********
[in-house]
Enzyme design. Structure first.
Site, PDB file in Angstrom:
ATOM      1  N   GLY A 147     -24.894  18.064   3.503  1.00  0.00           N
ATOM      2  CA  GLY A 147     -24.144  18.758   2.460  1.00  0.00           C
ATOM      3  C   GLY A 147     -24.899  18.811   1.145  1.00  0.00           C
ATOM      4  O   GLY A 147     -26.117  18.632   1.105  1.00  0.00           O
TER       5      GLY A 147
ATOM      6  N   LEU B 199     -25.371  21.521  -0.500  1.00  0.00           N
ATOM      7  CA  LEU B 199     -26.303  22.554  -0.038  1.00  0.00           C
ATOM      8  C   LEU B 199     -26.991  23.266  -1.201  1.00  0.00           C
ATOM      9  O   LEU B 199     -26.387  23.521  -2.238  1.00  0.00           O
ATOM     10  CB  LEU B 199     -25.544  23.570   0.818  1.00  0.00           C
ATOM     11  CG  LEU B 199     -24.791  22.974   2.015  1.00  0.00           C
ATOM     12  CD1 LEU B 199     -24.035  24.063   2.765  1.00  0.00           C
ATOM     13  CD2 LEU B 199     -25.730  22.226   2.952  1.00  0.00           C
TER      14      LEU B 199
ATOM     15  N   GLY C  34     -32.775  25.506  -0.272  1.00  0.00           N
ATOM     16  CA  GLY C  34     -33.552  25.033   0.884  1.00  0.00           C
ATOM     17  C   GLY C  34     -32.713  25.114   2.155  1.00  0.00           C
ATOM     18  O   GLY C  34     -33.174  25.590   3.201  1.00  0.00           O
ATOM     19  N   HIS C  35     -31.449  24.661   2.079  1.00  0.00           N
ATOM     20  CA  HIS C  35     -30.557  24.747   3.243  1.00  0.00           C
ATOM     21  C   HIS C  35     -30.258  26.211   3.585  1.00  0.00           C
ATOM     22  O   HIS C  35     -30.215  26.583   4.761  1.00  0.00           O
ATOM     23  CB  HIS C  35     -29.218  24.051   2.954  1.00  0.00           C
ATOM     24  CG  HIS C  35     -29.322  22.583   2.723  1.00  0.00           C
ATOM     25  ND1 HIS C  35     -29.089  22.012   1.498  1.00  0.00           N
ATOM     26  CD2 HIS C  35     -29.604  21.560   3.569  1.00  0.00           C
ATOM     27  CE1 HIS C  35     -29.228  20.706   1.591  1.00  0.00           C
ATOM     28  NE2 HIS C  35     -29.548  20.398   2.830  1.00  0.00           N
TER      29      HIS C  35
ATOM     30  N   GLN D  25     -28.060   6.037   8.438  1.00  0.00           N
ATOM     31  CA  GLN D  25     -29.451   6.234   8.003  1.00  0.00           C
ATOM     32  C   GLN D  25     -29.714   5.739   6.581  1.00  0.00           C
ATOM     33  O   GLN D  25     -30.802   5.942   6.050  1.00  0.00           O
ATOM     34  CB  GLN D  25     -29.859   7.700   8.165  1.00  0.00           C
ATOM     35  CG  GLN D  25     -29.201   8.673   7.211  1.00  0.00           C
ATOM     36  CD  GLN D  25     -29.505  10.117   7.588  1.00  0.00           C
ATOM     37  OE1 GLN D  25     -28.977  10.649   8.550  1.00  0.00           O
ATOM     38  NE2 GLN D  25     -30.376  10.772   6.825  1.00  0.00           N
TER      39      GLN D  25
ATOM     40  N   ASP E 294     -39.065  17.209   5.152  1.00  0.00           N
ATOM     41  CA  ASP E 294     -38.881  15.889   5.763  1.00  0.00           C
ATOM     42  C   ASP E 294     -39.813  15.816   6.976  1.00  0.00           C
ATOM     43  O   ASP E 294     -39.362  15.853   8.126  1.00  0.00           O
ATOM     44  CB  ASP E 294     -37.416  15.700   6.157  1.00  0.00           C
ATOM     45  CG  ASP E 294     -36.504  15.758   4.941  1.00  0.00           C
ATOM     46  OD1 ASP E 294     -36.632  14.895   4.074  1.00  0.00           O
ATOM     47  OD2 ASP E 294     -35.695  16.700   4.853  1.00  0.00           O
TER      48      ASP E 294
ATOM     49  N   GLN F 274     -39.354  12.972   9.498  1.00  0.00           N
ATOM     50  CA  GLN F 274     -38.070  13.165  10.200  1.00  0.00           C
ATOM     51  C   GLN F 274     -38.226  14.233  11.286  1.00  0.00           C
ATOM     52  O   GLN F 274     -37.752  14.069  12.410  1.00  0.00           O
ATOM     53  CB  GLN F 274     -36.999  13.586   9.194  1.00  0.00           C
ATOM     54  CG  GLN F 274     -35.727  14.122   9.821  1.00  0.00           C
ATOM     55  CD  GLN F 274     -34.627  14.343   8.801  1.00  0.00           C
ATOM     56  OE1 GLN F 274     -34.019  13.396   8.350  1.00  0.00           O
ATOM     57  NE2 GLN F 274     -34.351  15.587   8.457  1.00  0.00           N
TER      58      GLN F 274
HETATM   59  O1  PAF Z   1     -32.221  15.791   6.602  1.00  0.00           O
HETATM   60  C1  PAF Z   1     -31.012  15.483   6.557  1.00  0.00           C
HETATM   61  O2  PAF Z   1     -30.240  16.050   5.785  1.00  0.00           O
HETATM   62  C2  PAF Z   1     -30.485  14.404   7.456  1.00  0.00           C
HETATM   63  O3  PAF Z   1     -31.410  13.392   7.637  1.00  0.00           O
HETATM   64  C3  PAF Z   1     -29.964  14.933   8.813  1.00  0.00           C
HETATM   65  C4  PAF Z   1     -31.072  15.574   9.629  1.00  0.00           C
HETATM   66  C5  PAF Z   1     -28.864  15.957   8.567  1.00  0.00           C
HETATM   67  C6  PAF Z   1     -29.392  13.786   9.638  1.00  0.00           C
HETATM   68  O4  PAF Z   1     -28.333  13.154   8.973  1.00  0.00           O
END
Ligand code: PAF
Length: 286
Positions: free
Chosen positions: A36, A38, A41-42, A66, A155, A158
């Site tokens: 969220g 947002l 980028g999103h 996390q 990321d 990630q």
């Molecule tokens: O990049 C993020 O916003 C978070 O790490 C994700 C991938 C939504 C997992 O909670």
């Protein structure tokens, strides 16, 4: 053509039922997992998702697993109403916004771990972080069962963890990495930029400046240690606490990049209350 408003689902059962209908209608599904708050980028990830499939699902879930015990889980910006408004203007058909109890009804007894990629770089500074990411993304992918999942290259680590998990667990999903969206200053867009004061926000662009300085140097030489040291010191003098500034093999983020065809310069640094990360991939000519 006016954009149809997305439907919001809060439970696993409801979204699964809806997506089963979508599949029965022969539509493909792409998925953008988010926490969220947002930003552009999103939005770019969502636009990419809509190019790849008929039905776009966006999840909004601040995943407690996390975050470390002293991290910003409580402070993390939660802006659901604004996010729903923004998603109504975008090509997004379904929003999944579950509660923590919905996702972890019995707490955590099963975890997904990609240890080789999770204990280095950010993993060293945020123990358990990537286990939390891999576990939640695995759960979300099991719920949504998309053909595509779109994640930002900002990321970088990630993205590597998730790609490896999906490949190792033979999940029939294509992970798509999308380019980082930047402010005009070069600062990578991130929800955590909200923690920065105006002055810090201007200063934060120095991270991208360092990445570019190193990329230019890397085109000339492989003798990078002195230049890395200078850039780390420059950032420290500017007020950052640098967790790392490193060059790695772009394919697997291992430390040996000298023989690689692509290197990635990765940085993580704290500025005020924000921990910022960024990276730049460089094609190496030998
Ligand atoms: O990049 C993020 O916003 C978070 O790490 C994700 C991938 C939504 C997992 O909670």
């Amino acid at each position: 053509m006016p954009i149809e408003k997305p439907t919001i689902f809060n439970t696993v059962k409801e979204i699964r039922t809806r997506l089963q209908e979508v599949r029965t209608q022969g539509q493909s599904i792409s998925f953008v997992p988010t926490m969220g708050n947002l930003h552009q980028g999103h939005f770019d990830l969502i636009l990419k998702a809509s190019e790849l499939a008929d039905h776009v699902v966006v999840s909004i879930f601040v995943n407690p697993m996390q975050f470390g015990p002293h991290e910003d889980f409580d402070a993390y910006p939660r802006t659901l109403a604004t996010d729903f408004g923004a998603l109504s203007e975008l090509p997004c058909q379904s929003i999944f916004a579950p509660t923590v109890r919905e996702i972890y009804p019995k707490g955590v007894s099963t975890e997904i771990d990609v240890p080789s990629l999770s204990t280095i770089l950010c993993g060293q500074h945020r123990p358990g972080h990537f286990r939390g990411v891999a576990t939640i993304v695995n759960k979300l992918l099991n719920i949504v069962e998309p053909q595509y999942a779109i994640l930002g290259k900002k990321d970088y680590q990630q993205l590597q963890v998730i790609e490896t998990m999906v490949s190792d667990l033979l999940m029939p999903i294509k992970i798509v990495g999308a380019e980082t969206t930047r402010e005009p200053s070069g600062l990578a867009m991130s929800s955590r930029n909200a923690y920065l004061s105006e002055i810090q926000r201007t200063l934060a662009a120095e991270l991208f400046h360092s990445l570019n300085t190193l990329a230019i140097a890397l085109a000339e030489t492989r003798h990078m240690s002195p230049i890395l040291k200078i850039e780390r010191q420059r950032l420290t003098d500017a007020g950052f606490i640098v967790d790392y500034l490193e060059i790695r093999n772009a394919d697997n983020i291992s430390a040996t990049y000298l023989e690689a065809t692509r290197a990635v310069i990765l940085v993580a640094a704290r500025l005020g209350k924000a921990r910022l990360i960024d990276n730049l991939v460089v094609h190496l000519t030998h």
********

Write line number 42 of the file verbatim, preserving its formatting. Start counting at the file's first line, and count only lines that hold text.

TER      39      GLN D  25